I’m going to keep posting commercials until everyone in the world buys a copy of the Hardcore Zen audiobook.
This one came out pretty good. This was a surprise because I’m working with iMovie, which is a pain in the butt compared to Final Cut. I used to use Final Cut. But now the program no longer works so I’m stuck with iMovie. iMove is made for dad to edit out the parts where little Molly drools on the dog and then upload it to YouTube and not much else. Bending it to do what I’m doing takes a certain amount of what feels to me like fooling the program into doing things it doesn’t want to do.
Be that as it may. I was talking with Tim McCarthy, my first Zen teacher, yesterday about the demise of Dogen Sangha International (DSI) and about lineages in general. Tim pointed out that the Asian model for passing on lineages in things like Zen, the martial arts, tea ceremony and so on goes something like this. A teacher will often appoint several successors to whom he (or she, but I’ll use he for now) gives his blessing to teach as part of his lineage. When the teacher wishes to retire or feels he’s about to die, he will often single out one of these successors to inherit whatever that teacher has established in the form of a school. There may be property involved, there might be money, there might be a roster of students, teachers and other such members of that school.
In the case of DSI, the school was almost entirely conceptual. There was no property or money passed on to me and not even a list of members. The only property DSI may or may not have held were certain intellectual property items in the form of the copyrights to certain of Nishijima’s written work in English.
I say “may or may not” because even this was never really made clear to me. However, I had long believed that if there was one thing all of Nishijima Roshi’s dharma heirs agreed upon it was that some one person or entity should take charge of Nishijima Roshi’s written work. There has been a hell of a lot of bickering about Nishijima Roshi’s written material in English because he did not produce any of it by himself. He always worked with some native English speaker to turn his ideas into publishable English.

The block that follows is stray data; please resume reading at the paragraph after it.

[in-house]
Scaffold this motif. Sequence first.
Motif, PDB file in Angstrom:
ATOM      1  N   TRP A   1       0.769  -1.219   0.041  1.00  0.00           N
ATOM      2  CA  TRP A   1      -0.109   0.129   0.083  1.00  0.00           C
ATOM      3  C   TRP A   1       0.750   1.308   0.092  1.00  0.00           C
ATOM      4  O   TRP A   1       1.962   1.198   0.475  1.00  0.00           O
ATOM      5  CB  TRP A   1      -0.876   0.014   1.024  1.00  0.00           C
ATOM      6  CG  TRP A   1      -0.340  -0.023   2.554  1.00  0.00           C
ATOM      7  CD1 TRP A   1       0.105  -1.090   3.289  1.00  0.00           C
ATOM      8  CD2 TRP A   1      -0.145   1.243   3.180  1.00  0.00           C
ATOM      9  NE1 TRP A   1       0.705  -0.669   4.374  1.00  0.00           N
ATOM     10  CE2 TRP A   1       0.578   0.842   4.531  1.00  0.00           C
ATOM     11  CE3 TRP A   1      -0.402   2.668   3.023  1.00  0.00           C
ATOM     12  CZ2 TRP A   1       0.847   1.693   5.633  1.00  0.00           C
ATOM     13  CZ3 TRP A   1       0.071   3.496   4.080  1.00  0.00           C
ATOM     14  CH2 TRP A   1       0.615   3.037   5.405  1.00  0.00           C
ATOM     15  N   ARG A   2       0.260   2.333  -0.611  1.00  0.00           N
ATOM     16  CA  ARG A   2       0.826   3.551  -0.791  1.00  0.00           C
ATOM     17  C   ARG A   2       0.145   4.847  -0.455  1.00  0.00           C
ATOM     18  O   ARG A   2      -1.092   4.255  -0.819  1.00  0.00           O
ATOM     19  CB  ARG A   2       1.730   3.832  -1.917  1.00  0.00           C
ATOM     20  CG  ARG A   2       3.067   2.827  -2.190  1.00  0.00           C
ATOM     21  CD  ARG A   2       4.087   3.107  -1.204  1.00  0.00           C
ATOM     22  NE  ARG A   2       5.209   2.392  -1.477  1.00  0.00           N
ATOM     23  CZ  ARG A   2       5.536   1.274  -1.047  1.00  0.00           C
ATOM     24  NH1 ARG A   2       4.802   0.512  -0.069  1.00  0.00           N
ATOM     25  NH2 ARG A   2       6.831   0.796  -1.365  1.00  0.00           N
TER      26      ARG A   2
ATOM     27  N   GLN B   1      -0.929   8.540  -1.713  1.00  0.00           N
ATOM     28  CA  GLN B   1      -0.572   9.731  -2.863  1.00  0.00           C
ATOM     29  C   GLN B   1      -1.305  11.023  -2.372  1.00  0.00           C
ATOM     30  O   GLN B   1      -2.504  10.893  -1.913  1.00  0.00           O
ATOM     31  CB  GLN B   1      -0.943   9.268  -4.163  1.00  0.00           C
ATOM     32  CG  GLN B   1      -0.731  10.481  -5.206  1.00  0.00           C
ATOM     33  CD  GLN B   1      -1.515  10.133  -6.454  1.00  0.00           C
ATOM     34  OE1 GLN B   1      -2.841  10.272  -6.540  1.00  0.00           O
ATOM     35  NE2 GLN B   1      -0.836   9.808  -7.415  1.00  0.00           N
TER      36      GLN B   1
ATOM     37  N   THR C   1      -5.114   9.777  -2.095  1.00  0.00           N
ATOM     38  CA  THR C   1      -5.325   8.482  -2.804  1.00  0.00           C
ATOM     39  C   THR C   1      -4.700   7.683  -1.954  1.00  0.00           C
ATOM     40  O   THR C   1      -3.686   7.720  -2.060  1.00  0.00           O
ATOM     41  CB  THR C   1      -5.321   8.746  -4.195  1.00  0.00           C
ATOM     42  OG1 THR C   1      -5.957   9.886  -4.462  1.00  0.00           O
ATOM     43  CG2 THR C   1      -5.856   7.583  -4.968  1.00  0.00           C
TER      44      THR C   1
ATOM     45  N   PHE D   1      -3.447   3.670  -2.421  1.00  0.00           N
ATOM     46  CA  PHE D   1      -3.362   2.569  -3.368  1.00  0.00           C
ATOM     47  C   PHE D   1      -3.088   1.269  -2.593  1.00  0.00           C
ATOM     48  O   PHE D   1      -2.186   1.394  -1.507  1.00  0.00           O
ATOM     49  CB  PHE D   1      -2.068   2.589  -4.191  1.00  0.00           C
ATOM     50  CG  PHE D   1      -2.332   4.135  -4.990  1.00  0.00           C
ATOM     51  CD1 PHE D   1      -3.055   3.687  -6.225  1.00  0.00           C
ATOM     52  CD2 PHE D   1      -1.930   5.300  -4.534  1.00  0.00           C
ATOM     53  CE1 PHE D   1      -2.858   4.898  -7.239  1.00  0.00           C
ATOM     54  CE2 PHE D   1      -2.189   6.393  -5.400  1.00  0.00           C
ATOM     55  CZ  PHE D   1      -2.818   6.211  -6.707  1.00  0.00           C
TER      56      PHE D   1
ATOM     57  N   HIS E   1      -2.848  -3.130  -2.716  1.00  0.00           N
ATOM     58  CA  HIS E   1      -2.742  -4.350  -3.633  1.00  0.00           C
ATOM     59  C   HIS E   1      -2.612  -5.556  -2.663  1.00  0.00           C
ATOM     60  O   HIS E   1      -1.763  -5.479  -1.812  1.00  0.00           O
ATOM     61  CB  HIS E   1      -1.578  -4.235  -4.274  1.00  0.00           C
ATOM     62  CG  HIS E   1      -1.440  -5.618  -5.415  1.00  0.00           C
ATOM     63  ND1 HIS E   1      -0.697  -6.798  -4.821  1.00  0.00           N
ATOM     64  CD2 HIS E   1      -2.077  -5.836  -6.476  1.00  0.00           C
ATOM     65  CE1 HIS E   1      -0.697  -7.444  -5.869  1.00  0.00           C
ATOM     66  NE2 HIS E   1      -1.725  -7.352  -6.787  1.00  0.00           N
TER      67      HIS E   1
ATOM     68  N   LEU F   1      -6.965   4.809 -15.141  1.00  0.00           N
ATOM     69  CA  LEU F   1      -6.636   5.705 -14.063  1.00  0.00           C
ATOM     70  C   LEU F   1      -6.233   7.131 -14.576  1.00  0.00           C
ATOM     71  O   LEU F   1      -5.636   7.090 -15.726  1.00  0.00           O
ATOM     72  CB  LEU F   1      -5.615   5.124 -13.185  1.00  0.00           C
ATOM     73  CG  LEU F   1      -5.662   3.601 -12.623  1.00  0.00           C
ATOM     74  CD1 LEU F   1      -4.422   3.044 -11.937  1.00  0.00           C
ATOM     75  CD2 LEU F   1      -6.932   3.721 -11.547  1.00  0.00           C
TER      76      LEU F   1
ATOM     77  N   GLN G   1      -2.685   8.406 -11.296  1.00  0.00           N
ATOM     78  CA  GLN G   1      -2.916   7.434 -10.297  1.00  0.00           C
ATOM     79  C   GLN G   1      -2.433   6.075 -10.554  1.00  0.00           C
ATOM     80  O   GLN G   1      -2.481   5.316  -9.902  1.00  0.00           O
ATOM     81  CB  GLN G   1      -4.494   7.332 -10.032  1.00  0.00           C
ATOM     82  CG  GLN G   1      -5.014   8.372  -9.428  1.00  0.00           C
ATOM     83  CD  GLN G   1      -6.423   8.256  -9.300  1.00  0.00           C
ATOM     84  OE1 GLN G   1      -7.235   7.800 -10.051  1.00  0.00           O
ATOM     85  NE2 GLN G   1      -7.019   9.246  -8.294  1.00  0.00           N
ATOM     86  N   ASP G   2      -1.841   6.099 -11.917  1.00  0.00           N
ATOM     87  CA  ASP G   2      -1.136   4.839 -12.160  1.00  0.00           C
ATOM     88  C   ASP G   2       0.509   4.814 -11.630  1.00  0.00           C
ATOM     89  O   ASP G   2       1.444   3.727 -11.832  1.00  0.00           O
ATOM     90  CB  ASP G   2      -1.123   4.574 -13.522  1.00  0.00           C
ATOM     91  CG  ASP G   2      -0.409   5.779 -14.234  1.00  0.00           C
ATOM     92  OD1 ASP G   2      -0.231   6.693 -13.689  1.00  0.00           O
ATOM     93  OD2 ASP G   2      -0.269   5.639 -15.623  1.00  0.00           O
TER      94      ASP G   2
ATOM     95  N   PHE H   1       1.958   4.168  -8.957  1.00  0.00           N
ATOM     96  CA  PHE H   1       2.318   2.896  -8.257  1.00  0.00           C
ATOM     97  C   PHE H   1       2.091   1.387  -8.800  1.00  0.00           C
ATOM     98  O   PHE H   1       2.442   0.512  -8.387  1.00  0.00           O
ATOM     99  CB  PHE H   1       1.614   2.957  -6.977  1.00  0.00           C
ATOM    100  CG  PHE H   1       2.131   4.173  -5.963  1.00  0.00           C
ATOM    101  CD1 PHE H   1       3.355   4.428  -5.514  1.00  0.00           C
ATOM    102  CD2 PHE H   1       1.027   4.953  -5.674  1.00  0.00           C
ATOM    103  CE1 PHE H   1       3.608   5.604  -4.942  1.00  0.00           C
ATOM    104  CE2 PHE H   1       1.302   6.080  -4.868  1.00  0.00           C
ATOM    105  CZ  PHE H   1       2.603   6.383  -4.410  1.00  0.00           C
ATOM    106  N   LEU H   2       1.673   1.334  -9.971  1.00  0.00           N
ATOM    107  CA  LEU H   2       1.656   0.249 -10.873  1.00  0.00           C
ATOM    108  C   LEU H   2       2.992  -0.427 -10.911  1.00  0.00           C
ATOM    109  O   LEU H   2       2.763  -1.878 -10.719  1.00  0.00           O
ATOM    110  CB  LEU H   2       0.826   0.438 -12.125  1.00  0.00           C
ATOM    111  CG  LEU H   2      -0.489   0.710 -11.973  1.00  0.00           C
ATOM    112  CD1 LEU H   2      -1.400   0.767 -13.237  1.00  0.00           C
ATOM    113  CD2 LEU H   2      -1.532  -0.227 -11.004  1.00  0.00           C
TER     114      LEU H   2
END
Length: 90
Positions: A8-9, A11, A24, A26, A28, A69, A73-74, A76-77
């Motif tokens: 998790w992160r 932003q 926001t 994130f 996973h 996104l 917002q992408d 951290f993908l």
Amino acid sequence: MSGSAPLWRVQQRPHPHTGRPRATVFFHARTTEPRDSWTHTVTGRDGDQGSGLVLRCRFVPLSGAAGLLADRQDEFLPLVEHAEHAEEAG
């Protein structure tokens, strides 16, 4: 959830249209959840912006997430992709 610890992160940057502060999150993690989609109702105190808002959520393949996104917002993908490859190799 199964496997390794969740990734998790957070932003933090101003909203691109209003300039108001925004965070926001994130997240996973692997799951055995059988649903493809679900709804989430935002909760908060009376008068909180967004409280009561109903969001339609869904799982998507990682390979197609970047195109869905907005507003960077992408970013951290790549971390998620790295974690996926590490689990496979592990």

I had believed that all of this had been settled. I was well aware that a number of people were not entirely happy with the way it had been settled. But I had believed at least they accepted things. When I published my last blog I found out immediately that this was not true.
If I felt that Nishijima Roshi’s written legacy in English might disappear unless I entered into the fray and fought for DSI to administer all of this material, I might be inclined to fight about it. But everything is available, even if there are several sources for it. What matters is that it’s out there. Since this is true it doesn’t seem important to me to spend any effort on consolidating things.
What has happened in DSI regarding this material is precisely what always happens when people produce some kind of collaborative piece of art without stipulating one single person or entity as the sole owner of that thing. This is why filmmakers these days are usually very meticulous about having everyone involved sign contracts specifically stating what sort of compensation they will receive and what, if any, rights of ownership they’ll have over the finished product. You don’t want some guy whose only role in Titanic was to go “Arrrrrggghhh!!” and fall off the ship to start saying he now owns the whole movie.
There are currently no legal versions of any of the Ultraman programs made between 1966 and 1974 available outside of Japan because of problems of this nature. Eventually all the animosity involved in this tore the original Tsuburaya Productions apart. None of the Tsuburaya family are involved in the company that now bears their name.